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Moyes twist of fate as Cherries arrive


By CandH blogger Allen Cummings


Football is famous for throwing up quirky coincidences and strange twist of fate – and it looks to have done it again.

I’m not talking about the re-appointment of David Moyes – the man who saved our club once, and has been charged with doing it a second time. For me the ‘added’ quirkiness to Moyes’ appointment comes in the shape of the opposition he will face in his first game in charge.

Bournemouth are the visitors on New Year’s Day, when we will be looking to record our first home win in six attempts, and put our season firmly back on the rails again. Ironically for me, it was our away game against the Cherries, back at the end of September, that heralded the beginning of our dramatic demise – and the eventual departure of Manuel Pellegrini.

We actually took a point from that game, which briefly took us into third place in the Premier League. Heady days indeed. But the most significant thing in that game was the injury to Lukasz Fabianski, and the arrival of the hapless Roberto.

It would be wrong to blame the goalkeeper for everything that followed, but his subsequent wayward performances were a huge contributory factor to the results that followed, draining the confidence from both the players individually and the team as a whole. The manager should have read the signs early and reacted accordingly. But his stubbornness was not only infuriating but unfathomable. As a result he has paid the ultimate price.

Step forward fate – the arrival of Bournemouth – and the opportunity for new manager to start putting it right where it all started to go wrong. Our season took a dramatic turn for the worse on the south coast – now in the heart of east London, under the guidance of David Moyes there is a golden opportunity to start to put things right again.

We need organisation and motivation from the new manager. We need a performance from the team. But equally as important we need a positive response from us supporters. Let’s get behind Moyes and the team and start 2020 as we want to go on.

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About Hugh5outhon1895

Hugh Southon is a lifelong Iron and the founding editor of ClaretandHugh. He is a national newspaper journalist of many years experience and was Bobby Moore's 'ghost' writer during the great man's lifetime. He describes ClaretandHugh as "the Hammers daily newspaper!" Follow on Twitter @hughsouthon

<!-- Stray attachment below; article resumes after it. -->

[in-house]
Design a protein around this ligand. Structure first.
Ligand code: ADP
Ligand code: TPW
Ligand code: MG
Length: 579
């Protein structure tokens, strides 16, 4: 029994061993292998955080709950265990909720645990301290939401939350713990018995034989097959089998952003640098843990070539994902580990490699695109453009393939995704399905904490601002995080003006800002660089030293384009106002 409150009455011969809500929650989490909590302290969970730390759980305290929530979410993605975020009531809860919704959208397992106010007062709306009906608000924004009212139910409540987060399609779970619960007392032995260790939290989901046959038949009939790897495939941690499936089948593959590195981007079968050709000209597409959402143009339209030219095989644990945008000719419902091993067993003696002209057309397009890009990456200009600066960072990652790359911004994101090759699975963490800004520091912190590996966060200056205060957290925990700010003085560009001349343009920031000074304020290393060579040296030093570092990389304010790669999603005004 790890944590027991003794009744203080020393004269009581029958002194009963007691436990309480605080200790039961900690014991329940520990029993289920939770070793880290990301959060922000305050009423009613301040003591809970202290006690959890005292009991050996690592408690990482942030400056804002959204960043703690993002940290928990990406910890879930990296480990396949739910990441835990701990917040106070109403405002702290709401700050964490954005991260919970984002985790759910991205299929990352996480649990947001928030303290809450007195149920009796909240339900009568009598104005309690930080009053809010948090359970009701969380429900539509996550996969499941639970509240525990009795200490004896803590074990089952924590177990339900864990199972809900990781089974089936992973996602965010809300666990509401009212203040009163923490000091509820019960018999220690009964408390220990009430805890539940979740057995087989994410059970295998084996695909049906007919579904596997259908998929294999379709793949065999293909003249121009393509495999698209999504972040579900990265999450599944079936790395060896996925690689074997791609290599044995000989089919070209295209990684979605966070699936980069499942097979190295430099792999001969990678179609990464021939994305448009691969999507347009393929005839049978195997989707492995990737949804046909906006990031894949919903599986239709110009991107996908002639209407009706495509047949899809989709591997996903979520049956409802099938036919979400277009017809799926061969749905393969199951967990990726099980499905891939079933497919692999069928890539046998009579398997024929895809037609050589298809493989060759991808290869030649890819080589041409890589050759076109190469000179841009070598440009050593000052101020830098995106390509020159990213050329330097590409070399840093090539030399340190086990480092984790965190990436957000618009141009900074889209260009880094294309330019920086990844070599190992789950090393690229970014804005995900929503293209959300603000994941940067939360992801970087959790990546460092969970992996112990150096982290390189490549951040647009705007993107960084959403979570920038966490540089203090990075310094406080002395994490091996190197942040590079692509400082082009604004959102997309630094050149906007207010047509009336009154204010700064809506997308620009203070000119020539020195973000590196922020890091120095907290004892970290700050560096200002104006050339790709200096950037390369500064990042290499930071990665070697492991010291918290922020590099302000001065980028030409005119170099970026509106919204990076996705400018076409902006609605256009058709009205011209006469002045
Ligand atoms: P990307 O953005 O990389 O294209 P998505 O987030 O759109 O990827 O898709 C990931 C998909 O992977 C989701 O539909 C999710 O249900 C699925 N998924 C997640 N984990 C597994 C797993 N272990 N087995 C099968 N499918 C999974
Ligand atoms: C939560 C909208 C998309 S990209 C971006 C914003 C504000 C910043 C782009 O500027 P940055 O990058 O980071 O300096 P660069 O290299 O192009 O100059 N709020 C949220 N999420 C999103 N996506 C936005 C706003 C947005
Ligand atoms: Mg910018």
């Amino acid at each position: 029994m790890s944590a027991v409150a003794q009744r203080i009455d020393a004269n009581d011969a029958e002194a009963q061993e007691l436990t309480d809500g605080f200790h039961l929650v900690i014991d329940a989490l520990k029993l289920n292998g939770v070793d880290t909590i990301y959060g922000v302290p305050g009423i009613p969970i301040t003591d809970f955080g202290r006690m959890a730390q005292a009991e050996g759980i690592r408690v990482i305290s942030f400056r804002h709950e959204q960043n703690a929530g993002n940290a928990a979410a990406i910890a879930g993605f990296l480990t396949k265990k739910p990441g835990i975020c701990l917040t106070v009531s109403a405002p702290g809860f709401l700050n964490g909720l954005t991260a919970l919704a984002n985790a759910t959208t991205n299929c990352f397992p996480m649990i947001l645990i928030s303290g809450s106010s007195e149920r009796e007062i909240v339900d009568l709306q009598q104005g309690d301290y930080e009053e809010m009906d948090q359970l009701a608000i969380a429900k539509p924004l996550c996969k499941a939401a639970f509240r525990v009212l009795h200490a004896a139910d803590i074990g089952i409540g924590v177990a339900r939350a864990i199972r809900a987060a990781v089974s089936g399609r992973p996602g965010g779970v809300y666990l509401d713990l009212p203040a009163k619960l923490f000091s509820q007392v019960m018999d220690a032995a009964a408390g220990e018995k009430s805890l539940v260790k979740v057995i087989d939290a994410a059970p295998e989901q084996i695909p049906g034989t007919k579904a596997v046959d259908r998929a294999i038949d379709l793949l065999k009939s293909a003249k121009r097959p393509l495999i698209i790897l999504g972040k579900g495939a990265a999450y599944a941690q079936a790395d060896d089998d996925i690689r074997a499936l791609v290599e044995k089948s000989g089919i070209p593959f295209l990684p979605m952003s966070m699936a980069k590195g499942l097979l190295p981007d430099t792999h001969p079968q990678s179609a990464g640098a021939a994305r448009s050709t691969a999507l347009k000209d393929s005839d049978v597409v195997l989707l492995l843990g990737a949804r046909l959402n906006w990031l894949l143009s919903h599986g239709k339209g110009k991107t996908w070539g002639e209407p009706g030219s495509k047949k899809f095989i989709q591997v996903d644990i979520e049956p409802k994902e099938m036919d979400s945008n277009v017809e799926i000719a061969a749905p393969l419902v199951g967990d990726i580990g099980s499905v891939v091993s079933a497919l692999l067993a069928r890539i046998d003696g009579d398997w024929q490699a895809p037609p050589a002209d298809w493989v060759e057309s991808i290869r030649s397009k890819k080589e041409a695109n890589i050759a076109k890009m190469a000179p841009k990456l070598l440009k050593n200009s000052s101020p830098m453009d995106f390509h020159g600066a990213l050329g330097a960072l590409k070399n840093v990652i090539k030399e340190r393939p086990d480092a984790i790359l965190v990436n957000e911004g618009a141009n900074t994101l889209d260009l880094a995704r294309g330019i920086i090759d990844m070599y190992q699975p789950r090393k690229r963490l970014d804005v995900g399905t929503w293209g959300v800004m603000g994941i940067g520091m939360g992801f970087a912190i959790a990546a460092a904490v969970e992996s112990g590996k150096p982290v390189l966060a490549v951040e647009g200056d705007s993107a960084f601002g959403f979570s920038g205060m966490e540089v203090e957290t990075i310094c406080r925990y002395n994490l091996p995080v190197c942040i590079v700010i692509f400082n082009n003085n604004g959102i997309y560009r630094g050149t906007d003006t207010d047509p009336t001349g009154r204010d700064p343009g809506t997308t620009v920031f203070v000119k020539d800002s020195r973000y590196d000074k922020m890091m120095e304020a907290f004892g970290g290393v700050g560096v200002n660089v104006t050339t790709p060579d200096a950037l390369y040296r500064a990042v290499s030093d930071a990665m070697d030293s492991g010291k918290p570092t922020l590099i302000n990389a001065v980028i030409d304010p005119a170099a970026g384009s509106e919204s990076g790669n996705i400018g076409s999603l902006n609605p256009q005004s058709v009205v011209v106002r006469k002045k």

6 comments on “Moyes twist of fate as Cherries arrive

  1. Not sure he paid the ultimate price. He and his band of followers walked away with approx 8M. I got sacked once and got a boot up my backside!

    • Yes, the only industry where you get paid the most for incompetence and leisure time.

      I do not understand why there are no specific “lack of performance and achievement” clauses in managers’ contracts, especially when dealing with the likes of D.S.

      For that reason, we must assume the length of Moyes’ contract is as it is to minimise such potential leisure time payments.

      Of course, that was not the case with Pellegrini, because they thought they were doing the best thing to silence the fans and, presumably, because Pellegrini would not leave his retirement paddy field for less than a 3-year (or whatever it was) contract.

      Of course, supporters should always get behind the team and manager…….

      Since I believe Moyes is the right appointment for West Ham, irrespective of those who for some reason think he is not good enough for such a big and achieving club, I hope we give him the support and chance to reach the first hurdle: survival in the Premier League.

  2. Haha. Maybe a wrong choice of words Keith. Point taken!

  3. Agree. Abject failure is exceptionally rewarded in the Prem league.

  4. Surely the owners of football clubs can come to some agreement regarding financial pay offs when they sack their manager rather than it being seen as a reward for failure there should be only a percentage of the remaining contract paid to the sacked manager & the same for his staff. Comments & opinions welcome

  5. Well at least we are not talking sack the board or a soulless stadium which I feel is wrong.
    However it isn’t just football that rewards failure, how many CEO’s from banks and others such as Thomas Cook got a bonus either just before or as they left a failing company.
    That said when I was in sales I had to reach my targets or I didn’t get the extra payments and if it happened more the once you could be on your way so couldn’t those targets be built into a managers contract ?

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